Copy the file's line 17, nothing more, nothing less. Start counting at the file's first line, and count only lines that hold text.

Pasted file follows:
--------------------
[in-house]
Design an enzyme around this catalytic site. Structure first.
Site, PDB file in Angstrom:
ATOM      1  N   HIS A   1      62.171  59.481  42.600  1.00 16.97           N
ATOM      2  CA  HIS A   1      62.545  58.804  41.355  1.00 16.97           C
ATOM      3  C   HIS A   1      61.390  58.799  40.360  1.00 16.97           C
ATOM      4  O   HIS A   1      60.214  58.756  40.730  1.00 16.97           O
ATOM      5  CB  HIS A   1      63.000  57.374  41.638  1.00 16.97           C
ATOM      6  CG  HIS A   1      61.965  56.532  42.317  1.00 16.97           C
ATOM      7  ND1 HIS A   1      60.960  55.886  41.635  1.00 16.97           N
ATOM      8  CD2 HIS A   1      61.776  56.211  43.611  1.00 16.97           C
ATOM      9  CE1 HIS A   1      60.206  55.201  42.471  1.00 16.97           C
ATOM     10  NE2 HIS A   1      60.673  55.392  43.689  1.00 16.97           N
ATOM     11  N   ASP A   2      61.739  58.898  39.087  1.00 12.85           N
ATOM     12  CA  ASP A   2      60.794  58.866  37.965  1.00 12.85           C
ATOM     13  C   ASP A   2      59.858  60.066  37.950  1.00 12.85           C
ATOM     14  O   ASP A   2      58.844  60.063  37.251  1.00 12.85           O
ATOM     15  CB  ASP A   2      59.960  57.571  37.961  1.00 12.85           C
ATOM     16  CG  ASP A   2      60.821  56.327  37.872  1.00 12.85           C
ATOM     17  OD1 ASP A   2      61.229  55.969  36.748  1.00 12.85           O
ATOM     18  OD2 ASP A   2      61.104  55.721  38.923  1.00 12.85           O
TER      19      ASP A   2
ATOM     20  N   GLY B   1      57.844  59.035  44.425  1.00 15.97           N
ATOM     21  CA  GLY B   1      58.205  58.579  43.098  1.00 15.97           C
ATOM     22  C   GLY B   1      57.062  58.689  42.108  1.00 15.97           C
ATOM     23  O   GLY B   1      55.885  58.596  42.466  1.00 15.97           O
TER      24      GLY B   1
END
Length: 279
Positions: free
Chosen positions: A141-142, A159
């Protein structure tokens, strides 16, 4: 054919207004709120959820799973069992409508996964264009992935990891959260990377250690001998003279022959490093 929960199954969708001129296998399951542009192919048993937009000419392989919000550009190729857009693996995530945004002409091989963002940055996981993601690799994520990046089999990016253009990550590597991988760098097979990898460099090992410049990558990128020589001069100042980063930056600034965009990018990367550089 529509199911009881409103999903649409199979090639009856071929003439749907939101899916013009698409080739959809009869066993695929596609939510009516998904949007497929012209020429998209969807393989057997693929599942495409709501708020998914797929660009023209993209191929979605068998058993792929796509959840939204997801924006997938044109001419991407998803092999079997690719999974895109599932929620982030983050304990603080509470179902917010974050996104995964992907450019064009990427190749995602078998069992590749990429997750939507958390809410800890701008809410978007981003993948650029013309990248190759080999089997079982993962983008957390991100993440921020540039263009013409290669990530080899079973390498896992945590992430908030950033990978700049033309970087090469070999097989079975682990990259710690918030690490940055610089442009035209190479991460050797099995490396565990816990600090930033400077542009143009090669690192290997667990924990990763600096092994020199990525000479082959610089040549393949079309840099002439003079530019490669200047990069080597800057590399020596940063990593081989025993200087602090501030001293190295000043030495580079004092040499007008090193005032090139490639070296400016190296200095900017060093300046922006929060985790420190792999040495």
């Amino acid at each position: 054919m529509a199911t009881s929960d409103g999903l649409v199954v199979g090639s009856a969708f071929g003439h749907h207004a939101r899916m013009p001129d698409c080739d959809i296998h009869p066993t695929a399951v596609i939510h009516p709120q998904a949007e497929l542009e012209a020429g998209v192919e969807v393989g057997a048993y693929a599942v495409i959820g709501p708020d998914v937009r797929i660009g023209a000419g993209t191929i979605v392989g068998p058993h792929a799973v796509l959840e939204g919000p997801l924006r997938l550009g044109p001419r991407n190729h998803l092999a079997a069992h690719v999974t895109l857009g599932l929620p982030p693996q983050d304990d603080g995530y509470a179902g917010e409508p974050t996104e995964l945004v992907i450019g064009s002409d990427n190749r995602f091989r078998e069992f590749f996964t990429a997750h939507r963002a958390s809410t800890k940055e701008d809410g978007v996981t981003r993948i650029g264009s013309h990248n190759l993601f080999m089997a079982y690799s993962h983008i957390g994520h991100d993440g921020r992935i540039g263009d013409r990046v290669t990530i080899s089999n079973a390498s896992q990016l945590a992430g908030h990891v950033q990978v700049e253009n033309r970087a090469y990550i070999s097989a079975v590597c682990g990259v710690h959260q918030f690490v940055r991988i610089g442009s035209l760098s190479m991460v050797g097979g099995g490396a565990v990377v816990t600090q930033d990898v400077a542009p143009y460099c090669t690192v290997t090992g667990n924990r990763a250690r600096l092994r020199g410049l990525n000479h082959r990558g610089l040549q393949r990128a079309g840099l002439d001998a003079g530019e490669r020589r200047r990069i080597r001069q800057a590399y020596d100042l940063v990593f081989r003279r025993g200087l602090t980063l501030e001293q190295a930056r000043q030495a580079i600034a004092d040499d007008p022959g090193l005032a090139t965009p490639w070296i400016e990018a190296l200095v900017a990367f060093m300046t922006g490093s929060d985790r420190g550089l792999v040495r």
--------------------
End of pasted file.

ATOM     14  O   ASP A   2      58.844  60.063  37.251  1.00 12.85           O